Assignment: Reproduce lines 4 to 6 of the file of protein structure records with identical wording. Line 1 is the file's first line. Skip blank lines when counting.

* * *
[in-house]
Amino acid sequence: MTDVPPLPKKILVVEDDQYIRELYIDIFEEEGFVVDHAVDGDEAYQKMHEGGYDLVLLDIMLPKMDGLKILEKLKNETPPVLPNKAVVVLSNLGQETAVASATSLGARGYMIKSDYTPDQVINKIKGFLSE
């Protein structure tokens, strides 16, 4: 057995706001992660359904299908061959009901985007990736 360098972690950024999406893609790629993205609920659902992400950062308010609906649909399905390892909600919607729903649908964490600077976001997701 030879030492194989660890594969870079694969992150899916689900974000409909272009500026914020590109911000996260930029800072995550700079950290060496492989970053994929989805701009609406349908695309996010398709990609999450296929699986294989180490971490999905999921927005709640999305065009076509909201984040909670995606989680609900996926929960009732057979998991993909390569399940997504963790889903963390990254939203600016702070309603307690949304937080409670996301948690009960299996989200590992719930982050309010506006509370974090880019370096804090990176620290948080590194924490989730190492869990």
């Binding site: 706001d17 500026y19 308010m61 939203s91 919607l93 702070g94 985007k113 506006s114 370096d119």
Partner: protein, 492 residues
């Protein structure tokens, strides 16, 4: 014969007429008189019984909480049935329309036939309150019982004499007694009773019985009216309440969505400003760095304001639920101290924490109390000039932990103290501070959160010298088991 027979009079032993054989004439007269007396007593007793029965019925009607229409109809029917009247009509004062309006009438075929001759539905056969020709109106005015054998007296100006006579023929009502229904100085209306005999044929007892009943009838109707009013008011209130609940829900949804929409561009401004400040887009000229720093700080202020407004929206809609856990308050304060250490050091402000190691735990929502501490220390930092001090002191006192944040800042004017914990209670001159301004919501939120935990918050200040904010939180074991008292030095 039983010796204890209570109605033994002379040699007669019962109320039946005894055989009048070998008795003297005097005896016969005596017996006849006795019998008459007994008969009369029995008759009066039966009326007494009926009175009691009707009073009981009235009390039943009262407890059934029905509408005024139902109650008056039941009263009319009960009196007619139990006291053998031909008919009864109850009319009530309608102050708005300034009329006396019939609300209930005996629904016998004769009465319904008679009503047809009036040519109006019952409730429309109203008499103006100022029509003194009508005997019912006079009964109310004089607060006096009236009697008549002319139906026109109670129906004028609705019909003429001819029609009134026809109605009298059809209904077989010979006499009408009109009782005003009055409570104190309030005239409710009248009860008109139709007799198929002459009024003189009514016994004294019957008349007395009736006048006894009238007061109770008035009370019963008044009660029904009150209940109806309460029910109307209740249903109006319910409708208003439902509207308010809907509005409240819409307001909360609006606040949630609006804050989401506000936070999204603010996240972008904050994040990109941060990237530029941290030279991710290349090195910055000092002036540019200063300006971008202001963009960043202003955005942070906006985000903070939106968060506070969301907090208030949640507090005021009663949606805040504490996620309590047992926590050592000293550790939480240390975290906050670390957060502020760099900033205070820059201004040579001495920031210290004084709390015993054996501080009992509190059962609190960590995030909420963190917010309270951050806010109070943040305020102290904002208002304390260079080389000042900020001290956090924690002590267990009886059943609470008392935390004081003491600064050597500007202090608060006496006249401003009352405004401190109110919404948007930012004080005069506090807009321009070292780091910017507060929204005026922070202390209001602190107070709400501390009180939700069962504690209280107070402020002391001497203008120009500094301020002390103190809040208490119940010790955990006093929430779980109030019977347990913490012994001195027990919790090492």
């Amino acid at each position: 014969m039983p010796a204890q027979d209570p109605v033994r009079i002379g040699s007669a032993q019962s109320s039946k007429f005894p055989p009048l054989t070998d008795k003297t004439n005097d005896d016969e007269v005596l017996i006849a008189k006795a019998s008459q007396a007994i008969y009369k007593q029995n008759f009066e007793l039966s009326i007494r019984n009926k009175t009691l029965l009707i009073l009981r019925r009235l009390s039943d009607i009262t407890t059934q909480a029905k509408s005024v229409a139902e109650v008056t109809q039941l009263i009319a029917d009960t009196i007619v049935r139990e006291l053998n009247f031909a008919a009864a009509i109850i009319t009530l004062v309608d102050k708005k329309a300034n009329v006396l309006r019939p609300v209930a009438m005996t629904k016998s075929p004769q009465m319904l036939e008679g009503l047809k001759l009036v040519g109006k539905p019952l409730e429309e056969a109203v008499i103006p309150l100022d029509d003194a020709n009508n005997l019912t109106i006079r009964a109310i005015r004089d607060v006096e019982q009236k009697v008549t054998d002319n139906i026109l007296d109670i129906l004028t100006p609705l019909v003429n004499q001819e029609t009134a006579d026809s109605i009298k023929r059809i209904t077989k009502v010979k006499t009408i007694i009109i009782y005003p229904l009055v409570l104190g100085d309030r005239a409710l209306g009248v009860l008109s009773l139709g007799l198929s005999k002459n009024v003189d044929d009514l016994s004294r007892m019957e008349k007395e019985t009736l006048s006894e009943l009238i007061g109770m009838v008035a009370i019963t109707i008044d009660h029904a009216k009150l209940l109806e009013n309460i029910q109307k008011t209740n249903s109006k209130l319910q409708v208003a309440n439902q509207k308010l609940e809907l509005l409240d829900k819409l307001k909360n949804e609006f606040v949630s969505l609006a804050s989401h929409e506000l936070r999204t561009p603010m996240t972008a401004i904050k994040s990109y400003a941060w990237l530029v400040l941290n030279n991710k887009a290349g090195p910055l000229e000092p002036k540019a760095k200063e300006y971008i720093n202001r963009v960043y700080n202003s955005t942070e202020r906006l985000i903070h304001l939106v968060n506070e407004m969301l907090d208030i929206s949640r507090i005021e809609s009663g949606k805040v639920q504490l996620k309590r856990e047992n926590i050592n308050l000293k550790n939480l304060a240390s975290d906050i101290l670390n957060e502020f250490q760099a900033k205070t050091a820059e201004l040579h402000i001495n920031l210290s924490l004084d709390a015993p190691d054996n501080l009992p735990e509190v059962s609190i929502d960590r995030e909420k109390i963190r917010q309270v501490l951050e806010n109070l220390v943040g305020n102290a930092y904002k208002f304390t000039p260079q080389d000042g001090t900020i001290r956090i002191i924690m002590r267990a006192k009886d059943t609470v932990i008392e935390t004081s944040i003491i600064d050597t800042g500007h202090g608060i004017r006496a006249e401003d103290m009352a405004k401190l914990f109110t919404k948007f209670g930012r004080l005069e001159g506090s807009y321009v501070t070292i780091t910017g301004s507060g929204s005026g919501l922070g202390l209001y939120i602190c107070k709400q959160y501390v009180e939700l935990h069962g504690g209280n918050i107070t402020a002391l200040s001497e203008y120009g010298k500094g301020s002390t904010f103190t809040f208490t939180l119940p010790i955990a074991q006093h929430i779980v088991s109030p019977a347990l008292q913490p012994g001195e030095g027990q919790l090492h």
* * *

């Binding site: 706001d17 500026y19 308010m61 939203s91 919607l93 702070g94 985007k113 506006s114 370096d119």
Partner: protein, 492 residues
């Protein structure tokens, strides 16, 4: 014969007429008189019984909480049935329309036939309150019982004499007694009773019985009216309440969505400003760095304001639920101290924490109390000039932990103290501070959160010298088991 027979009079032993054989004439007269007396007593007793029965019925009607229409109809029917009247009509004062309006009438075929001759539905056969020709109106005015054998007296100006006579023929009502229904100085209306005999044929007892009943009838109707009013008011209130609940829900949804929409561009401004400040887009000229720093700080202020407004929206809609856990308050304060250490050091402000190691735990929502501490220390930092001090002191006192944040800042004017914990209670001159301004919501939120935990918050200040904010939180074991008292030095 039983010796204890209570109605033994002379040699007669019962109320039946005894055989009048070998008795003297005097005896016969005596017996006849006795019998008459007994008969009369029995008759009066039966009326007494009926009175009691009707009073009981009235009390039943009262407890059934029905509408005024139902109650008056039941009263009319009960009196007619139990006291053998031909008919009864109850009319009530309608102050708005300034009329006396019939609300209930005996629904016998004769009465319904008679009503047809009036040519109006019952409730429309109203008499103006100022029509003194009508005997019912006079009964109310004089607060006096009236009697008549002319139906026109109670129906004028609705019909003429001819029609009134026809109605009298059809209904077989010979006499009408009109009782005003009055409570104190309030005239409710009248009860008109139709007799198929002459009024003189009514016994004294019957008349007395009736006048006894009238007061109770008035009370019963008044009660029904009150209940109806309460029910109307209740249903109006319910409708208003439902509207308010809907509005409240819409307001909360609006606040949630609006804050989401506000936070999204603010996240972008904050994040990109941060990237530029941290030279991710290349090195910055000092002036540019200063300006971008202001963009960043202003955005942070906006985000903070939106968060506070969301907090208030949640507090005021009663949606805040504490996620309590047992926590050592000293550790939480240390975290906050670390957060502020760099900033205070820059201004040579001495920031210290004084709390015993054996501080009992509190059962609190960590995030909420963190917010309270951050806010109070943040305020102290904002208002304390260079080389000042900020001290956090924690002590267990009886059943609470008392935390004081003491600064050597500007202090608060006496006249401003009352405004401190109110919404948007930012004080005069506090807009321009070292780091910017507060929204005026922070202390209001602190107070709400501390009180939700069962504690209280107070402020002391001497203008120009500094301020002390103190809040208490119940010790955990006093929430779980109030019977347990913490012994001195027990919790090492």